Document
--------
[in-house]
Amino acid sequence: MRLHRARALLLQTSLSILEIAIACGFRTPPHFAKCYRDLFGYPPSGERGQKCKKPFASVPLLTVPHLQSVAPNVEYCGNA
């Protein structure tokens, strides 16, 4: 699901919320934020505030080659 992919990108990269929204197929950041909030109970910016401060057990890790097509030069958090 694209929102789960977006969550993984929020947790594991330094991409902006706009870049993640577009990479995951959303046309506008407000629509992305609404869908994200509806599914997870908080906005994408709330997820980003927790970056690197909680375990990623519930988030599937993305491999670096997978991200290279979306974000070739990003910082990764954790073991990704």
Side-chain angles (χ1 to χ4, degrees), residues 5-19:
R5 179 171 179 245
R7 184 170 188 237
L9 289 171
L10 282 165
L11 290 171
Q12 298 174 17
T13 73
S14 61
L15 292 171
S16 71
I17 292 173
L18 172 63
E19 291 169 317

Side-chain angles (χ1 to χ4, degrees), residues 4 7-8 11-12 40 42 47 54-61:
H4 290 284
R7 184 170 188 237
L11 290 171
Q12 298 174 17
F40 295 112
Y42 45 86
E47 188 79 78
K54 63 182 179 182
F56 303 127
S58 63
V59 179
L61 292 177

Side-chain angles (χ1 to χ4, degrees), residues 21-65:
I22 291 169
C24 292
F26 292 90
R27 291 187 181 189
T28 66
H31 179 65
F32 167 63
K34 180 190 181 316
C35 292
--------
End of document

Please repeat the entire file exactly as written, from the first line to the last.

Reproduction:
[in-house]
Amino acid sequence: MRLHRARALLLQTSLSILEIAIACGFRTPPHFAKCYRDLFGYPPSGERGQKCKKPFASVPLLTVPHLQSVAPNVEYCGNA
């Protein structure tokens, strides 16, 4: 699901919320934020505030080659 992919990108990269929204197929950041909030109970910016401060057990890790097509030069958090 694209929102789960977006969550993984929020947790594991330094991409902006706009870049993640577009990479995951959303046309506008407000629509992305609404869908994200509806599914997870908080906005994408709330997820980003927790970056690197909680375990990623519930988030599937993305491999670096997978991200290279979306974000070739990003910082990764954790073991990704």
Side-chain angles (χ1 to χ4, degrees), residues 5-19:
R5 179 171 179 245
R7 184 170 188 237
L9 289 171
L10 282 165
L11 290 171
Q12 298 174 17
T13 73
S14 61
L15 292 171
S16 71
I17 292 173
L18 172 63
E19 291 169 317

Side-chain angles (χ1 to χ4, degrees), residues 4 7-8 11-12 40 42 47 54-61:
H4 290 284
R7 184 170 188 237
L11 290 171
Q12 298 174 17
F40 295 112
Y42 45 86
E47 188 79 78
K54 63 182 179 182
F56 303 127
S58 63
V59 179
L61 292 177

Side-chain angles (χ1 to χ4, degrees), residues 21-65:
I22 291 169
C24 292
F26 292 90
R27 291 187 181 189
T28 66
H31 179 65
F32 167 63
K34 180 190 181 316
C35 292